PMOLED, or Passive Matrix OLED, refers to the positioning of the driving electrodes in an OLED display. In this arrangement, the OLED material is sandwiched between an array of horizontal conductors and an array of vertical conductors to create pixels at the intersections.

How Does PMOLED Work?

PMOLED uses a simpler design compared to Active Matrix OLED (AMOLED) displays, which use transistors to separately control each pixel. Instead, PMOLED divides the display into rows and columns, with each row connected to a source driver and each column connected to a gate driver.

When a row needs to be activated, the source driver sends voltage to the appropriate row conductors, while the gate driver sends a pulse to the appropriate column conductors. At the intersection of the row and column conductors, a pixel is created based on the voltage difference.

Benefits of PMOLED

PMOLED displays are easier and cheaper to manufacture compared to AMOLED displays, making them ideal for smaller devices like wearables, MP3 players, and small digital screens. They also have a wider viewing angle and better contrast ratio than LCD displays, providing clearer and brighter images even in direct sunlight.


Is PMOLED better than AMOLED?

It depends on the intended use and application. AMOLED displays offer higher resolution and faster refresh rates, making them suitable for smartphones, VR devices, and gaming monitors. On the other hand, PMOLED displays are more energy-efficient, cheaper to produce, and have a wider viewing angle, making them ideal for wearables, small digital screens, and low-power devices.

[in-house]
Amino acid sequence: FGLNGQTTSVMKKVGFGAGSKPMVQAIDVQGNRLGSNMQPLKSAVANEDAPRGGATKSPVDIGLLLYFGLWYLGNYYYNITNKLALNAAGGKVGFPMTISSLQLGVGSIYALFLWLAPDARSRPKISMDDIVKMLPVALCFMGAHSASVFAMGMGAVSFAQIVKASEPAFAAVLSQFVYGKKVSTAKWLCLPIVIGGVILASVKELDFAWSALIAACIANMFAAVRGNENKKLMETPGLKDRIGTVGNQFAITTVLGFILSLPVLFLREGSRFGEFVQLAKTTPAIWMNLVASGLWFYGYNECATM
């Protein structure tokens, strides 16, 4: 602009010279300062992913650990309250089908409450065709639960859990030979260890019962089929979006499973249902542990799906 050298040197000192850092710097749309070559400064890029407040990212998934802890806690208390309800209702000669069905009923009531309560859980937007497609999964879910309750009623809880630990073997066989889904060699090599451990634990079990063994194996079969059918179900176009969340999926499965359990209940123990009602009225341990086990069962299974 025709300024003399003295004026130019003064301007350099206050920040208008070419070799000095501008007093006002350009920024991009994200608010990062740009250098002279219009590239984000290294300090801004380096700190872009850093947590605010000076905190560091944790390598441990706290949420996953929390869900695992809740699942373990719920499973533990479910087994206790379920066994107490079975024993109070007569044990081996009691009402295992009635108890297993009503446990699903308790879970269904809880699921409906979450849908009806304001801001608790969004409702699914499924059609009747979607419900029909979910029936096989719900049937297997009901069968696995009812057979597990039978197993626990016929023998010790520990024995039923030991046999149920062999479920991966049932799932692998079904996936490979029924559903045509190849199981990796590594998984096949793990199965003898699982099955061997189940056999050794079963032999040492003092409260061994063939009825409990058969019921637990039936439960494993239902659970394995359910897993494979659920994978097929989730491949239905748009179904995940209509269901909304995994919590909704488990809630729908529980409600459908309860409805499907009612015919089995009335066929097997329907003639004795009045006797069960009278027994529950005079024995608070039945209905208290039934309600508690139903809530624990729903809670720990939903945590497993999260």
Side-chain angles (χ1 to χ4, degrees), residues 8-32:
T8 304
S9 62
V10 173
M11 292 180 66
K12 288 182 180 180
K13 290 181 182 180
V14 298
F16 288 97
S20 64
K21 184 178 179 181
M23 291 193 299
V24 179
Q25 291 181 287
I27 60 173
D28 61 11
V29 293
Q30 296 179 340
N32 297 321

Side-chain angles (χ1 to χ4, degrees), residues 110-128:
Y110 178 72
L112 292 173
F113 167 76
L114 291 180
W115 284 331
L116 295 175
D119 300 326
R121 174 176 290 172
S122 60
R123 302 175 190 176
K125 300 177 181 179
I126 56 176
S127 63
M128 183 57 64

What are the disadvantages of PMOLED?

PMOLED displays have limited resolution and color range compared to AMOLED displays, which can affect the quality of images and videos. They also have a shorter lifespan and are more prone to screen burn-in or image retention.


PMOLED is a simpler and cost-effective technology used in OLED displays to create pixels based on the intersection of horizontal and vertical conductors. It’s ideal for smaller screens that require low power consumption and have a wider viewing angle. However, it has its limitations with respect to resolution, color range, and lifespan.

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